When searching for galaxies to study, it is easiest to pick out the biggest and brightest. This is especially true if you want to look at very distant galaxies; ones that were around when the Universe was very young. It is quite a challenge to pick out a faint, normal, almost "boring" galaxy from a time long ago, but when astronomers used the 10-meter Keck telescope to do just that, it was pretty exciting.
PHOTOS: Hubble's Sexiest Spiral Galaxies
The galaxy, called DLA2222-0946, was first discovered in absorption, meaning that it was blocking some of the light of a distant quasar behind it in a very specific way. In fact, the first few letters of its name stand for "Damped Lyman-alpha," a system where the neutral hydrogen in a galaxy absorbs certain frequencies of light from the background quasar. It is thought that these massive reservoirs of neutral gas are the progenitors of today's Milky Way-like galaxies.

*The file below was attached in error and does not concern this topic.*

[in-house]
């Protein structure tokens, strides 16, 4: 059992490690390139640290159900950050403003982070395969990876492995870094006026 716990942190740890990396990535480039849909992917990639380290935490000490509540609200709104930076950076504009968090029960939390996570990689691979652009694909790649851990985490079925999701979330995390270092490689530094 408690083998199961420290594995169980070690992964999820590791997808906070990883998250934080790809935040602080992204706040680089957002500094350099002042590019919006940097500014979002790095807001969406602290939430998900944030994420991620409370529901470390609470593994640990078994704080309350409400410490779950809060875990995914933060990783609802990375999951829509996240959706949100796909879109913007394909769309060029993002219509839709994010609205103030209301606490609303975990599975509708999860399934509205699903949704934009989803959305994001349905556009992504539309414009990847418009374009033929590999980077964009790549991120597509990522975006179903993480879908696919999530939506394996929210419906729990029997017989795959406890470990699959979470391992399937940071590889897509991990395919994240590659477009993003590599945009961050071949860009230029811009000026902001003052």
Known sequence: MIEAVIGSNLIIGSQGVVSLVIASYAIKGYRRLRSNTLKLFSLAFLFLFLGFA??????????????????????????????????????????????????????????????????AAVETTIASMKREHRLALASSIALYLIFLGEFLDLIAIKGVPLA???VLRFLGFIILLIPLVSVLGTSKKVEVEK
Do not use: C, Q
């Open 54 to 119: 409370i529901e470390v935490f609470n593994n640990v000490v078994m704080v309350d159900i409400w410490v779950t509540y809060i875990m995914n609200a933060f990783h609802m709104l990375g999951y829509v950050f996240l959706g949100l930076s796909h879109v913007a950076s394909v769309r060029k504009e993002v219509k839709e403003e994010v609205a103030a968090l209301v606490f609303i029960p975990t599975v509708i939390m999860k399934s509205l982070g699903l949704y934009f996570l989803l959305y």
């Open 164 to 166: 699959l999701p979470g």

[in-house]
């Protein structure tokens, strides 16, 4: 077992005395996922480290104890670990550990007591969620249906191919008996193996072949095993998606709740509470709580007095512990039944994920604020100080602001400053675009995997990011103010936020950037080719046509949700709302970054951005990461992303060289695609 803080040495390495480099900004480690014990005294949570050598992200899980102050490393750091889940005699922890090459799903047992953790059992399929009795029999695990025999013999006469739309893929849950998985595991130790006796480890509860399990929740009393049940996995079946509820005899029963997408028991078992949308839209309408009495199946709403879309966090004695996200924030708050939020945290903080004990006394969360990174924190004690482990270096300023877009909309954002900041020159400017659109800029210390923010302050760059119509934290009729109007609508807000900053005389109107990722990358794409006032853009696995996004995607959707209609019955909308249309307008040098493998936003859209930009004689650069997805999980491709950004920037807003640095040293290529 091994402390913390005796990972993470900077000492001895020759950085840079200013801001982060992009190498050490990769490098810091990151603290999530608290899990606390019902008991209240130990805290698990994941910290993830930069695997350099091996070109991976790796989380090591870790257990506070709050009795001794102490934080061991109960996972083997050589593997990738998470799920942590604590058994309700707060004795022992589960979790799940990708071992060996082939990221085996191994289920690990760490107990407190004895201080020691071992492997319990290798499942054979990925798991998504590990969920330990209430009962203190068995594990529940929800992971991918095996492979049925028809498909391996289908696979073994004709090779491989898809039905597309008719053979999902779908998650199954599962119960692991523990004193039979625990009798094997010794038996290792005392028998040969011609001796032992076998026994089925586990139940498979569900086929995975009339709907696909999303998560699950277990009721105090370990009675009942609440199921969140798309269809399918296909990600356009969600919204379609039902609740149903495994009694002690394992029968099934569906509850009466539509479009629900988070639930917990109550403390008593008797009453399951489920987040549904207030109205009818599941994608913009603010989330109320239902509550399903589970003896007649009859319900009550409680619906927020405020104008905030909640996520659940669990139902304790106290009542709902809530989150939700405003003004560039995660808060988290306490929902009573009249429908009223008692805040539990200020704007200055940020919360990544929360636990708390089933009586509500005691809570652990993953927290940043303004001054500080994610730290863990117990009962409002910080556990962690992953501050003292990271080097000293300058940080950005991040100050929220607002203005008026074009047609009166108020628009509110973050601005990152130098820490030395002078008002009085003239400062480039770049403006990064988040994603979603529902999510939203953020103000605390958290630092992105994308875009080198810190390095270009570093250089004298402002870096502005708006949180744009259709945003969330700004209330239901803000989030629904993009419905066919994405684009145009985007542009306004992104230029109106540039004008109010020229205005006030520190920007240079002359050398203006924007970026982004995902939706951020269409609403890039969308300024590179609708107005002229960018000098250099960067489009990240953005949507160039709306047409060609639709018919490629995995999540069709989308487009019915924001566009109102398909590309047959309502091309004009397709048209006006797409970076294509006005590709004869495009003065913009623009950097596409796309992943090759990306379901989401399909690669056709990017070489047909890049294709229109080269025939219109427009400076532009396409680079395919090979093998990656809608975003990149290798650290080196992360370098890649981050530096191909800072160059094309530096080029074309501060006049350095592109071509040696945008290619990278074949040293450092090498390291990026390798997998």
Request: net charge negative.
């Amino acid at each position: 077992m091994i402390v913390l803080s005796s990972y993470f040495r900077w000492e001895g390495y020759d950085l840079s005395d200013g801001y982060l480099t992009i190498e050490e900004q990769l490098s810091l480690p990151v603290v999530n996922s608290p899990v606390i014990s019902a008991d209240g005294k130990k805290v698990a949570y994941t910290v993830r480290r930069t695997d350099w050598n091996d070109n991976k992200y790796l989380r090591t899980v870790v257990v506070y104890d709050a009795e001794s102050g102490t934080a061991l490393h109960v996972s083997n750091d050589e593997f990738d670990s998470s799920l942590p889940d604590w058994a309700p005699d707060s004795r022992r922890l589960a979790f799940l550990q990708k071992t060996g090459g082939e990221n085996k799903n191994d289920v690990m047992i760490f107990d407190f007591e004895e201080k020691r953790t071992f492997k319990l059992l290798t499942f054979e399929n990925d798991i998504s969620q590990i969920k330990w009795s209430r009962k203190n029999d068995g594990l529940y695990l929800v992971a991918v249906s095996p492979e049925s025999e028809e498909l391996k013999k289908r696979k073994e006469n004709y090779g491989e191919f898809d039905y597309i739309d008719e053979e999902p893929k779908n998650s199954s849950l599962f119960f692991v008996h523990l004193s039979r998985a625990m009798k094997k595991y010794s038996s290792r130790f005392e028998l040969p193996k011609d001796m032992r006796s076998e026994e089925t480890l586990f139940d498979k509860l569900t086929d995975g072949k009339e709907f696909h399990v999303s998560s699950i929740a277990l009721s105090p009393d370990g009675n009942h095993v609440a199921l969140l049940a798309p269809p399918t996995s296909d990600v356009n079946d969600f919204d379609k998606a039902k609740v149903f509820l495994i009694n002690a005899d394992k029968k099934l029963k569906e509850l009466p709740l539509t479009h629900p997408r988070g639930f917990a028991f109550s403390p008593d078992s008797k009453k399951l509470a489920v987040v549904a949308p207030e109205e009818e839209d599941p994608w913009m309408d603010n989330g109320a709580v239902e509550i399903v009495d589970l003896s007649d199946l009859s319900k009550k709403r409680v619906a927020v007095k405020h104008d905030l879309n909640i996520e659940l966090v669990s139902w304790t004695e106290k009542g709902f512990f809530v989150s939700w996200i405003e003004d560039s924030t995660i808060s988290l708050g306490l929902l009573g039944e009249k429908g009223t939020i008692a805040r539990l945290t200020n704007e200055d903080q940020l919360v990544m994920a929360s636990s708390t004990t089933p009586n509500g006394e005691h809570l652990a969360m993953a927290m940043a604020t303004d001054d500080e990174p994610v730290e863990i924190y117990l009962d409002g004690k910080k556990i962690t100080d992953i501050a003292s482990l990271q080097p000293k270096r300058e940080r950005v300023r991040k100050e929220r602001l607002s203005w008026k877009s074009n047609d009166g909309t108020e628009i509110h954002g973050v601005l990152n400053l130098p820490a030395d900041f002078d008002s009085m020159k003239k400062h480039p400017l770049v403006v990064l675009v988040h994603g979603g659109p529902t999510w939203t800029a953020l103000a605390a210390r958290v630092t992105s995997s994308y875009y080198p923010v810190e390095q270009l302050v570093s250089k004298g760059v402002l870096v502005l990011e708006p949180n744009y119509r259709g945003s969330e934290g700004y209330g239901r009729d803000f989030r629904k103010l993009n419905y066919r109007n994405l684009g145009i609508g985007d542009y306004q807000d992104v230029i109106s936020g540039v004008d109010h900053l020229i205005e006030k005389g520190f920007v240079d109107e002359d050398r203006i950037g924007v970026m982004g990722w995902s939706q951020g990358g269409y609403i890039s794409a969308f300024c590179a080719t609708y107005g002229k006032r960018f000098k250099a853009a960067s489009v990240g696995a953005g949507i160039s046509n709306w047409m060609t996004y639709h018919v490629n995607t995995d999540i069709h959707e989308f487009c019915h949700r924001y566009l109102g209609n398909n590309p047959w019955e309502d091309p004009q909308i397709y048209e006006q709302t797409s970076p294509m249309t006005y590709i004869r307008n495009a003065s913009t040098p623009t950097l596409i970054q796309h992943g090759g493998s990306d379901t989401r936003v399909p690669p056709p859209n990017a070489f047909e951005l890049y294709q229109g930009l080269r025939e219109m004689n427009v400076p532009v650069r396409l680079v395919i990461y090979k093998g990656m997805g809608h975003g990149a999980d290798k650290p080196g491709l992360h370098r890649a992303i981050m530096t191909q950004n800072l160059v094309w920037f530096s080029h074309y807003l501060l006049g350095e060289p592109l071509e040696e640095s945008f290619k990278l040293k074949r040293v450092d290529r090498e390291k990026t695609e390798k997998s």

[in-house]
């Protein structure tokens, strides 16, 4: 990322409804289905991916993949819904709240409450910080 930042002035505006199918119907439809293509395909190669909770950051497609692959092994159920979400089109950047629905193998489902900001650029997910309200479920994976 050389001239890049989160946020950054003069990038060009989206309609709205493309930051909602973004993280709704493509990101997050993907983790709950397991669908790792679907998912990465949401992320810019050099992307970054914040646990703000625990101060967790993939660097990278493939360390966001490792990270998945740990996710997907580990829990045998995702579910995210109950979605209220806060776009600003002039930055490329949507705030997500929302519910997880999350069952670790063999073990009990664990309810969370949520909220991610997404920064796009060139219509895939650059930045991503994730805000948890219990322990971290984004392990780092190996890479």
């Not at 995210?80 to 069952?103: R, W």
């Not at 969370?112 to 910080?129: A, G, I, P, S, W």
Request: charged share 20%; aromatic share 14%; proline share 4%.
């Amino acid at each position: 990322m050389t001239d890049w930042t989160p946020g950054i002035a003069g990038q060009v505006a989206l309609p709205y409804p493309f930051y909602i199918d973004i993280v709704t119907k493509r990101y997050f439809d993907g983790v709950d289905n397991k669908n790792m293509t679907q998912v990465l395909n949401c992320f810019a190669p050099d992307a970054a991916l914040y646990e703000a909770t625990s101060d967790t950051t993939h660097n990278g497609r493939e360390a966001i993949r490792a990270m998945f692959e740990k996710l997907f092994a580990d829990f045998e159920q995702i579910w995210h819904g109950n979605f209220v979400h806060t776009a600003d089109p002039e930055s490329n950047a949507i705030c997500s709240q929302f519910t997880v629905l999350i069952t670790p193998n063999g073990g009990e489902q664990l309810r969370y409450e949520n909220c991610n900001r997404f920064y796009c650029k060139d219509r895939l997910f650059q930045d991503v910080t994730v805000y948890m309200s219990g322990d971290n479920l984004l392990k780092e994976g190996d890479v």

This galaxy was then detected by the huge 10-meter telescope Keck I telescope. Not only was it detected, but it was resolved, meaning that astronomers could get some spatial information from it. As you can see above, the pictures are jaw-droppingly amazing, but the information contained in those images is important. In order to get such a clear picture, the team used the Laser Guide Star Adaptive Optics system, or a laser guide "star" for calibration and real-time adjustments to the telescope mirrors to compensate for the turbulence of the atmosphere.